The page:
Italian game studio Picaresque delivers its first title.
Basing its main storyline on the events that take place after the ending of the classic novel Moby Dick, Nantucket takes us back to the whale hunting era of the first half of the 19th century. We take the role of Ishmael, a few years after the perishing of the Pequod, during which Captain Ahab and his crew lost their final battle – and their lives – against the iconic Moby Dick. Developed by the italian studio Picaresque, Nantucket is a seafaring, strategy and role-playing game with great ambiance, a very interesting set-up but that relies on repetitive gameplay in order to deliver answers and real progress.
We, as the players, will command Ishmael (although we are given the choice of changing our character name) through his mission of revenge on the monstrous white whale, being the captain of an initially small ship with few crew members who will need to improve their abilities and experience in order to be of any use in this odyssey.
The first couple of hours on Nantucket fill the purpose of a tutorial on how to manage our resources (such as water, food, wood, grog and the main value object of the game, blubber), gather more of them, recruit new crew members and track assignments. We are presented with a map of the world, completely unexplored and with the promise of a rewarding exploration experience. Hunting different types of whales will be our main activity throughout the game, which will provide us with blubber to sell, food to keep our crew alive and experience to get new skills from a brief but solid skill tree.
At that point, finding out what happened to a missing ship, check if the rumours of a new whaling area are true or delivering some goods from point A to point B will be a well-delivered adventure. I found myself looking at the map and thinking which course was best: the long and tedious one, or the fast and risky with danger of pirates trying to board my ship. The sound effects reflect perfectly the movement of the ocean and the relaxing scraping of the ropes while the wind pushes you forward. I particularly enjoyed the sea ballads and shanties, sometimes wishing my present journey was a long one so that I could finish listening to a particular song.
Combat is a dice-driven sequence where we will have to choose our better-fitted crew members to join us in the whaling boat (or just let them go without you, in which case at least one of them will probably die) and face either whales, pirates or “other” (spoiler-free term). Depending on which skills our team has, we will be able to select which type of dice we will use. We can use combat dice to harpoon or shoot our way out of danger; sailing dice to manoeuvre and repel attacks; science dice to heal or revive injured or dead allies; or crafting dice to, for example, reroll.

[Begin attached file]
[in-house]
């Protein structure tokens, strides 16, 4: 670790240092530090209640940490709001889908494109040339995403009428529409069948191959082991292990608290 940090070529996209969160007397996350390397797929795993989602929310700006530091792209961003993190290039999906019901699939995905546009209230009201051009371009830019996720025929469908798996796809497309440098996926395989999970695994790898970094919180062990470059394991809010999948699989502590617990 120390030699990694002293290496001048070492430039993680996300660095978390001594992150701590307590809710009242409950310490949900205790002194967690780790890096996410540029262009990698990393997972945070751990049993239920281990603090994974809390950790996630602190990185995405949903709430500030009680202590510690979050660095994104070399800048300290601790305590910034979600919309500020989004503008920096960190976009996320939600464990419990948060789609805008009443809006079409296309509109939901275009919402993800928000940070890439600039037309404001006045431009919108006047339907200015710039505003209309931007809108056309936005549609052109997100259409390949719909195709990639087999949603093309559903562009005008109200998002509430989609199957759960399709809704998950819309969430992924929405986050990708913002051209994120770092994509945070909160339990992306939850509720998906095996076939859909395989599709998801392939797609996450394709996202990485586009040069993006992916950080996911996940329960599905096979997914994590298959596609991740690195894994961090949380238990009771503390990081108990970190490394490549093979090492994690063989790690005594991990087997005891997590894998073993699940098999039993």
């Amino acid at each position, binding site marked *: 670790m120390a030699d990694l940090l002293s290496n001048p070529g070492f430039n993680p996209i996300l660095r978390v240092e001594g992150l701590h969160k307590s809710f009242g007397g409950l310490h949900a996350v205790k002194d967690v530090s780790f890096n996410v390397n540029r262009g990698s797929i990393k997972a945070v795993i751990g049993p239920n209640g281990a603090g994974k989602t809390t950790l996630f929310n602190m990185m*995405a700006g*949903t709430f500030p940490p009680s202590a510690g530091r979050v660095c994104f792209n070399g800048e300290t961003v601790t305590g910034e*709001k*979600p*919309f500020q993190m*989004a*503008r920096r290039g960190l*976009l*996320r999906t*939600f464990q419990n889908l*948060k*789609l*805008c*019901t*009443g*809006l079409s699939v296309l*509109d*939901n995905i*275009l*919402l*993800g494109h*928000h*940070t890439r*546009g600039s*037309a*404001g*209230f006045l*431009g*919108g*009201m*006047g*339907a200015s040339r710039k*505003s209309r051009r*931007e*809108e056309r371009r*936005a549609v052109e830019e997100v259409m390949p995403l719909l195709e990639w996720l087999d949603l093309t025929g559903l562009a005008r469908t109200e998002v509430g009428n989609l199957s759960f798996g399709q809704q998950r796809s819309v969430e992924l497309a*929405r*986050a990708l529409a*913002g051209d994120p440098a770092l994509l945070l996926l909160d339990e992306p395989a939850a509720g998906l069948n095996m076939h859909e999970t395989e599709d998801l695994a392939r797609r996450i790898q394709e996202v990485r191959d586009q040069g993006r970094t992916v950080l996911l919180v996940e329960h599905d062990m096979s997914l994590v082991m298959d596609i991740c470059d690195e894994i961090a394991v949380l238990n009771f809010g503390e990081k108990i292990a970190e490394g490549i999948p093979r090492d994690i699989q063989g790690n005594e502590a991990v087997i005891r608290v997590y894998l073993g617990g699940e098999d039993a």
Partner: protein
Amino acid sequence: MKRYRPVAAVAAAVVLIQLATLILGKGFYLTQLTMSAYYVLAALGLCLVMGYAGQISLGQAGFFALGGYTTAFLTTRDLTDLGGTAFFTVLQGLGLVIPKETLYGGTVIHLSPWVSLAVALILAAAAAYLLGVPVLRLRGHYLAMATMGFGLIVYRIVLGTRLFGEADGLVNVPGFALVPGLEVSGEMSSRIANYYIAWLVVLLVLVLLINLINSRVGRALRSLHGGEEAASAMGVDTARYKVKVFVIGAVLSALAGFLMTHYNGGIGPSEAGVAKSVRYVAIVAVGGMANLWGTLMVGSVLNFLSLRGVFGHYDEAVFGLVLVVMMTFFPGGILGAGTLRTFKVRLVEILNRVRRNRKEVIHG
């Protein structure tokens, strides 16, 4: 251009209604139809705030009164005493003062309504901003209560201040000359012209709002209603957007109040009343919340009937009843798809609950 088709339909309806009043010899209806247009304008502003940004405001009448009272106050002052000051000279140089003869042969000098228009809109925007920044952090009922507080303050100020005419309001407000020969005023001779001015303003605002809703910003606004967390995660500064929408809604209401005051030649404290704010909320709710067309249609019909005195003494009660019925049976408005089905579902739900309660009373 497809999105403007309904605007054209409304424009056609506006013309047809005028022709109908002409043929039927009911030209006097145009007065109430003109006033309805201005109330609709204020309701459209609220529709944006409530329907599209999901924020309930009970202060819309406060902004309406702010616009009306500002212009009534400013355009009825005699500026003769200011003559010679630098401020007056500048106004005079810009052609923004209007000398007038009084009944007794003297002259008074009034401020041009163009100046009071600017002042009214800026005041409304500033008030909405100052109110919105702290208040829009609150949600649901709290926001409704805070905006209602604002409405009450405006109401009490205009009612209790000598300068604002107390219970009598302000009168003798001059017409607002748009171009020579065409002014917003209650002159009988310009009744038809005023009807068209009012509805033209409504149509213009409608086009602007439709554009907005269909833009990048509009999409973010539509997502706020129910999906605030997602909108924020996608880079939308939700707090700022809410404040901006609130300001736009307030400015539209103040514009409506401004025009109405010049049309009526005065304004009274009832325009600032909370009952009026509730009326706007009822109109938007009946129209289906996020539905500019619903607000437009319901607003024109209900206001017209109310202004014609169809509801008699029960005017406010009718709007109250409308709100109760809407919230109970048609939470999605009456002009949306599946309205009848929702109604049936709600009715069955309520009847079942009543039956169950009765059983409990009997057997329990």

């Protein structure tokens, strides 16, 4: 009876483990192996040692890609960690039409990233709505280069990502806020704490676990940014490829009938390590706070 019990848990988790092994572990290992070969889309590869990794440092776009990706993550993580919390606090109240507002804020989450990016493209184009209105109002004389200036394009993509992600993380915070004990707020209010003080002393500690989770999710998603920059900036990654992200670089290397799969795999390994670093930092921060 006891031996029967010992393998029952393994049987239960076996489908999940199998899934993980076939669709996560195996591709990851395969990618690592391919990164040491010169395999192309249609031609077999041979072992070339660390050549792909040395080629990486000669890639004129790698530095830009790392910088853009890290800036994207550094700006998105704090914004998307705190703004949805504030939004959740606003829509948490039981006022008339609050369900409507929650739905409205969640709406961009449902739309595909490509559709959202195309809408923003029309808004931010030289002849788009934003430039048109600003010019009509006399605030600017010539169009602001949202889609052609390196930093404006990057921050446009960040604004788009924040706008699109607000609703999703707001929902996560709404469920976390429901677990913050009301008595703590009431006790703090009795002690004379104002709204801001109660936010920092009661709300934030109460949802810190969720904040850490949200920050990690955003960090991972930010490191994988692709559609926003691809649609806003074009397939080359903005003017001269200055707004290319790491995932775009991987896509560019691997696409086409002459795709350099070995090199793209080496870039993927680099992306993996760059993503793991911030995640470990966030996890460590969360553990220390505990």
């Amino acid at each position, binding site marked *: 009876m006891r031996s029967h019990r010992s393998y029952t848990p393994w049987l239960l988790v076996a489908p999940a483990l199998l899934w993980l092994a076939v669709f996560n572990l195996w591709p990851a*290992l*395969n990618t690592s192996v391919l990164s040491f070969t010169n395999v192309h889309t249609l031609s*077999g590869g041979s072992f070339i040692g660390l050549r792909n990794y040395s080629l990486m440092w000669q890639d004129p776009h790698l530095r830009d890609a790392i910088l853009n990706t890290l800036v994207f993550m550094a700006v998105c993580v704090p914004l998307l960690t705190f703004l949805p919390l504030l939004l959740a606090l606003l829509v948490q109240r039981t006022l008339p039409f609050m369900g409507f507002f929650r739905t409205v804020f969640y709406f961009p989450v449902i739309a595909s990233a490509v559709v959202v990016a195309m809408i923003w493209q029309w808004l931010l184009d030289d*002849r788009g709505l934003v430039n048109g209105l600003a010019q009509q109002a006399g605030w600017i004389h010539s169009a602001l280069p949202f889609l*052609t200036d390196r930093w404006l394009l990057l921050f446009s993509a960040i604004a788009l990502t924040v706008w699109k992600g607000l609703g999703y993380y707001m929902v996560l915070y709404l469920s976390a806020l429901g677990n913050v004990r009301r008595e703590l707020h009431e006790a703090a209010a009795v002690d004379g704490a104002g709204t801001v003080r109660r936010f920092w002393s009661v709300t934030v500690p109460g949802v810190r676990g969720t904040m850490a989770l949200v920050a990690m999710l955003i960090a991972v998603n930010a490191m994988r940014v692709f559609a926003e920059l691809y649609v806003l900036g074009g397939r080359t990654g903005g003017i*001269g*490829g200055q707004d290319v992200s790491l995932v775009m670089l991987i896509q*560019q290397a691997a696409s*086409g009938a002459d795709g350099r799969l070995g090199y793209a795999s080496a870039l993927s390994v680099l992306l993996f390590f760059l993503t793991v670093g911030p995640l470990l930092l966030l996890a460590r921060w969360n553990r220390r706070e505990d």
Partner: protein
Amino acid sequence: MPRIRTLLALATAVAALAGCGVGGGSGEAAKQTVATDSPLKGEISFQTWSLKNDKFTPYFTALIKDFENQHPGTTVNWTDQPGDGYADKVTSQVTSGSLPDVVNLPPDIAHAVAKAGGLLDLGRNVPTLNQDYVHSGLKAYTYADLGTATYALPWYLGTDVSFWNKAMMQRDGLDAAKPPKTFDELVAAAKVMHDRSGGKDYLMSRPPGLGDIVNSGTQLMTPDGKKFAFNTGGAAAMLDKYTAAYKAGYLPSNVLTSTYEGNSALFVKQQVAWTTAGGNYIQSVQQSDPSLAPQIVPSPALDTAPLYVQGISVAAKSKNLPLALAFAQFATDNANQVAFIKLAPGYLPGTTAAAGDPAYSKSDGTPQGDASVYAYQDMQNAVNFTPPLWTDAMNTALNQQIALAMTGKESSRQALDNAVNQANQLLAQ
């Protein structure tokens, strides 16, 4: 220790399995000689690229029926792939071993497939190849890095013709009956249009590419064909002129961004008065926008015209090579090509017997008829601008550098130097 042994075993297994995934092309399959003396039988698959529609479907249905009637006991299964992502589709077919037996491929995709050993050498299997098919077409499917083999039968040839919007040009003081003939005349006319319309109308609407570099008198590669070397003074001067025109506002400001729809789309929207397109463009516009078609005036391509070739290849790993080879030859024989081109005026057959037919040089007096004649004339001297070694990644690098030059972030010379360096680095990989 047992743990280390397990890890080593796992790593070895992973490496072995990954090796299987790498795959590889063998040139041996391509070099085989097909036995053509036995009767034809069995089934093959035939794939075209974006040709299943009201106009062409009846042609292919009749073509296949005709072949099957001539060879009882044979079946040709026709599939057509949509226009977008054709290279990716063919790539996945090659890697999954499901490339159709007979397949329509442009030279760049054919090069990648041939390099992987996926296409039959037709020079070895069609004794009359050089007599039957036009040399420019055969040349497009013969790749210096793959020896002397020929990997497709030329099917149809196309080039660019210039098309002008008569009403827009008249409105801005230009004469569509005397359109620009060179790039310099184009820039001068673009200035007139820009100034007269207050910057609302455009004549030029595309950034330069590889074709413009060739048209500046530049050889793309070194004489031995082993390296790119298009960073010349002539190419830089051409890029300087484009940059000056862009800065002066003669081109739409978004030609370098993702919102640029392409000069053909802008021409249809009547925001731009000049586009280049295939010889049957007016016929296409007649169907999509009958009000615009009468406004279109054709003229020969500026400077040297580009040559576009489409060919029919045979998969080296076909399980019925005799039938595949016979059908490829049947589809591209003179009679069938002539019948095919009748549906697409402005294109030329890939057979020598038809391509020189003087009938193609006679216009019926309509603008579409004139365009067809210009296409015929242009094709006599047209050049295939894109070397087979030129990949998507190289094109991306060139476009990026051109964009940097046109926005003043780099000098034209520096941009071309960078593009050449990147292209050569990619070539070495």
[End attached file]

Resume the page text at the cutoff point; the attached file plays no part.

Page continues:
But after a while, everything starts to feel repetitive. The assignments are low in diversity and hunting on a whaling area to gather more blubber to sell at the nearest port is a constant repetition of variables. Also, we are shown some dialogue options from time to time within our long trips in which we will be presented with different choices and answers, depending on which traits and skills we have as captains, that will slowly begin to also feel kind of monotonous and without meaningful consequences. There is some balance in this regard when, for example, one of our crew members dies in combat or after maneuvering inside one of the ocean’s many dangers (such as tropical storms, icebergs and perilous seabeds) and we get that Darkest Dungeon or XCOM feeling of permadeath, that somehow it was our fault and we must rebuild our team. Actually, we are given the option of a more definitive permadeath experience when starting a new game. In this mode our captain will die permanently and we will need to restart our adventure, as if in a roguelike game like The Curious Expedition.
Progression is hard to get. With the many ways in which things can go wrong and the amount of time needed to level up our crew, or even buy a ship that allows us to hire more sailors and carry more equipment and goods, being able to pursue the elusive Moby Dick is going to start feeling like a distant dream. The main antagonist of the story has so little relevance in the general experience that its avatar in our imagination will slowly fade away.
Granted, whenever you hit an upgrade milestone, like replacing your tiny boat with a more aggressive and intimidating clipper, energies will recharge and you’ll be wanting to test your new rig with every creature, pirate or mysterious danger out there. You’ll want to take on those tasks at that dock on the other side of the map that you couldn’t afford facing before. You’ll want to chase that rumour on the whereabouts of your lifetime enemy and get revenge once and for all.
So even if it may feel repetitive for long stretches of gameplay, the sense of reward for putting so much effort into your adventure and having the patience of waiting for the right moment to engage that area you were avoiding because you knew you weren’t ready will be worth it.
The art style and the faithfulness to the setting of Moby Dick as a classic novel are also aspects to value. “It’s been a long journey,” Picaresque designer Marco Mantoan says, “but during the past few months of beta testing we have felt our community near us, helping us to deliver what we believe is a unique glimpse of the world narrated by Herman Melville in Moby Dick.”
Priced at £13.99 / €17.99 / $17.99, Nantucket is available now via Steam, Humble Store, GOG, GamersGate, Green Man Gaming, Fanatical, Indiegala and other digital stores.
Our boy from Buenos Aires, Juan has been a gamer for as long as he can remember (and possibly even longer than that). He loves a good story, and believes every indie game has a compelling one to tell.